Whenever there was a serious, intricate, vexing question anywhere in the Torah world, his was the definitive answer.
A man of few words, he would listen to the question, grasp all the issues involved, and provide a response. He didn’t engage in small talk. He measured each word that he spoke. With exactitude, he crystallized the sugya in a few sentences and returned to the Gemara open in front of him, one hand holding the place. As the questioner stood up to leave, Rav Elyashiv was already areingeton in the sugya he had been learning before being interrupted. Every minute was precious and not to be wasted.
Rav Elyashiv stood firm, leading with clarity and strength; a beacon for Jews everywhere. Though he possessed a faint heart, and was encumbered by a century-old body, the man who lived in a simple apartment on a tiny narrow street, pumped out life-giving sustenance to an entire nation; setting the example for ameilus and yegiah baTorah.
Rav Elyashiv’s existence was bederech neis in the zechus of Klal Yisroel and the Torah that he studied. He was weak and sickly as a child and was home-schooled due to his constantly recurring illnesses. He was so weak that he was never able to help out at home or undertake any strenuous physical activity. All he was able to do was learn with his father at home. His health did not improve with age. His children often feared that he was about to die and that they were going to become orphans. But Rav Elyashiv was Torah, Torah, un noch Torah. When he learned, he was as fresh and vigorous as a healthy, strong man. The Torah was his eitz chaim, sustaining him and giving him life.
In later years, his nightly shiur became something of a public event. A large group of regular attendees of his shiur were supplemented each night by people anxious to see and learn from the gadol hador. For many, especially thousands of visitors from all over the world, this was their only opportunity to be bimechitzaso, experiencing firsthand the greatness that was Rav Elyashiv. They took their seats and let the sweetness and clarity of his delivery draw them in. The sugya was opened wide, as his dual roles – maggid shiur for laymen and rebbi of Klal Yisroel – fused into one during that hour.
Even after his one-hundredth birthday, he delivered the shiur with youthful enthusiasm. With a minimum of flourish, he encapsulated many of the exegeses of Rishonim and Acharonim. It was like a shulchan aruch, a set table, laid out in front of you. The shiur appealed to learned talmidei chachomim who appreciated the nuances, as well as to laymen, who benefited from the clearest possible elucidation of the Gemara.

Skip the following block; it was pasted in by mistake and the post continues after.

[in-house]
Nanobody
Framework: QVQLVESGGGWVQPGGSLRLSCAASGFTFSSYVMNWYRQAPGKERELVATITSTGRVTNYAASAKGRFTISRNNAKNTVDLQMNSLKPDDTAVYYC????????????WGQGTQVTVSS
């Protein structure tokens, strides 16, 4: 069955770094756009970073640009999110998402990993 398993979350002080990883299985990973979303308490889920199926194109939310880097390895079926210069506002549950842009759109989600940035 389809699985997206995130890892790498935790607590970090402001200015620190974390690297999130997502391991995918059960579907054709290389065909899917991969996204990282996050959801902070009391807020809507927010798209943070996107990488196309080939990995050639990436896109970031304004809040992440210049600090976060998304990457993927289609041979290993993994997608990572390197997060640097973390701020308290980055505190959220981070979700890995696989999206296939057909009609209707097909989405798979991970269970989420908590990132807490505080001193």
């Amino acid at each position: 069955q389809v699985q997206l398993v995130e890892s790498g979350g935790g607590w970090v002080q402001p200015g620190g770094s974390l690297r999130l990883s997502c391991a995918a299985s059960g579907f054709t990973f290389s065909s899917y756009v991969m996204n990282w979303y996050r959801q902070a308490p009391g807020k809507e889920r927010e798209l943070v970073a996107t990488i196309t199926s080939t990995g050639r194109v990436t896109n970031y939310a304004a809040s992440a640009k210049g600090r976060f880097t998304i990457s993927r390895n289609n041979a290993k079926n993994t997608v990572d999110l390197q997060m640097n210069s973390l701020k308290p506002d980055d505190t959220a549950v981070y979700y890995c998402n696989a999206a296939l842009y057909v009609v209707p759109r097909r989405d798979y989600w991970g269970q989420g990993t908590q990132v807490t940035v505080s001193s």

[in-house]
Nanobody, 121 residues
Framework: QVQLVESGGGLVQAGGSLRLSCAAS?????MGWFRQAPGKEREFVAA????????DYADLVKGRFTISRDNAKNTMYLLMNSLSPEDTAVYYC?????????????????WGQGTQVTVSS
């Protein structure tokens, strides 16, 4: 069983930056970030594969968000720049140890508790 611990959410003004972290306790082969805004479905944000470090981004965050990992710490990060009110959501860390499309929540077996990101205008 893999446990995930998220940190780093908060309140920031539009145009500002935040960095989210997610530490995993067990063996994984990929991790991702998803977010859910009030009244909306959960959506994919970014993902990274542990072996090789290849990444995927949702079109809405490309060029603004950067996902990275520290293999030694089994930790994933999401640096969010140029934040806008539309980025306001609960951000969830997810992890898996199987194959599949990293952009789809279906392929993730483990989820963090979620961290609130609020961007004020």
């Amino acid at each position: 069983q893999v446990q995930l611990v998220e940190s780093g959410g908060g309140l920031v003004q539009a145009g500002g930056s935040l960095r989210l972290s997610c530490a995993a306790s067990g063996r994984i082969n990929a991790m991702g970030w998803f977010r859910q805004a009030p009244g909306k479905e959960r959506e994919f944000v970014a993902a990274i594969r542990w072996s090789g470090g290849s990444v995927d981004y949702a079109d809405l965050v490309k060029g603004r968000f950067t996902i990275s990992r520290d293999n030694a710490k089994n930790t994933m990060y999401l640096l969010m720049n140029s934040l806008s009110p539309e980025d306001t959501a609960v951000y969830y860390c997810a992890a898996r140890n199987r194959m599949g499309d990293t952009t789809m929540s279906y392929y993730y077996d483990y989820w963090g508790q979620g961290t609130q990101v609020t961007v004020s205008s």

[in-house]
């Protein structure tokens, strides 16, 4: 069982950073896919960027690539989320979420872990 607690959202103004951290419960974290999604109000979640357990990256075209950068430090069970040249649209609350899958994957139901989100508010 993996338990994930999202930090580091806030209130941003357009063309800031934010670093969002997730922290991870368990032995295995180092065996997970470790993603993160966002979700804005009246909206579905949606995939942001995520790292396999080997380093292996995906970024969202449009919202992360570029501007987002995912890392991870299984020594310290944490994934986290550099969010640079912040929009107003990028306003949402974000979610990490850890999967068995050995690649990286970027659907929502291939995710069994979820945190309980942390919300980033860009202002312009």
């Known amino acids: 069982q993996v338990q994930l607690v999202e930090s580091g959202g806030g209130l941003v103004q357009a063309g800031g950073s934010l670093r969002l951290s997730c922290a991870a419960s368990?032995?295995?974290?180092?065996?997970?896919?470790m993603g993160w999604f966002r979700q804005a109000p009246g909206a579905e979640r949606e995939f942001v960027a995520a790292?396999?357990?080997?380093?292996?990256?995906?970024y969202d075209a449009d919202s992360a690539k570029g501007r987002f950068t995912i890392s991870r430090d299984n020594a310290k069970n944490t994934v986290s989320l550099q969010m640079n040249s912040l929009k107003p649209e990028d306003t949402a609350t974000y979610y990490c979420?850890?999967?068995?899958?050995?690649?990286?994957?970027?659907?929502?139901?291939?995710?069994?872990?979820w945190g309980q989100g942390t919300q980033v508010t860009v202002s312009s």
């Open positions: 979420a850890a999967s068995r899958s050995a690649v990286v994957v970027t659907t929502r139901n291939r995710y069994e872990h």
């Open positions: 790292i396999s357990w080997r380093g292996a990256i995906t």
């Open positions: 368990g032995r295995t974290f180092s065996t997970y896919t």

But it wasn’t a laid-back affair. The ris’cha de’Oraisah was palpable. Every few minutes, one of the attendees would jump up with a question. “Uber der rebbe hut gezukt… Ich vill fregen oif dem…,” the man would say, as he launched into a question on the sugya that Rav Elyashiv was discussing. A lively discussion ensued. The attendees prodded the gadol with probing questions, and he responded with equal gusto to people one-third his age.
The words on the aron kodesh in the bais medrash right next to his seat read, “Toras Hashem temimah meshivas nofesh.” Anyone who wanted to see a live demonstration of what those words mean would trek to the end of Meah Shearim and watch the shiur take place. It was an enlightening and invigorating experience guaranteed to strengthen the faith of anyone who witnessed it.
Rav Elyashiv stood as a symbol of the greatness man can attain if he applies himself to Torah. There is no limit to what we can achieve. If a sickly, weak individual, with a heart that could barely pump, was able to master kol haTorah kulah, we, who are healthy, can surely reach high levels and light up the world with our Torah if we dedicate ourselves to it. If Torah becomes more important to us than anything else, we can reach the levels he personified.
It was a gift to our generation that a person who we saw, spoke to and studied from lived among us and walked among us, in this day, in this generation, and epitomized a gadlus that the yeitzer hara says is impossible to reach anymore.
Though he is no longer with us delivering shiurim, p’sokim and hora’ah for hundreds of thousands, the posuk on the aron kodesh which stood beside him, “Toras Hashem temimah,” is as true as ever. His message and example are still fresh for everyone to learn from and emulate. As we commemorate his first yahrtzeit, we are reminded to do our part to connect with the totality of the Torah.
We lived in an era with Rav Elyashiv. Many of us merited to see him, some even to speak to him. But those who never saw him heard tales of his unquenchable thirst for Torah. Kol bais Yisroel was elevated by having him in our midst.
He was taken from us during the period when we mourn the churban. We don’t remember the Bais Hamikdosh, but we do remember Rav Elyashiv. As time passes, we grasp more of what it was that we lost with his petirah. We realize that he stood as a model of the prototype ben Torah we should all aspire to be. As we mark a year since his passing, we take hold of his memory, image and example, and we affirm our desire to live up to the achrayus we have as children of a generation that was so blessed.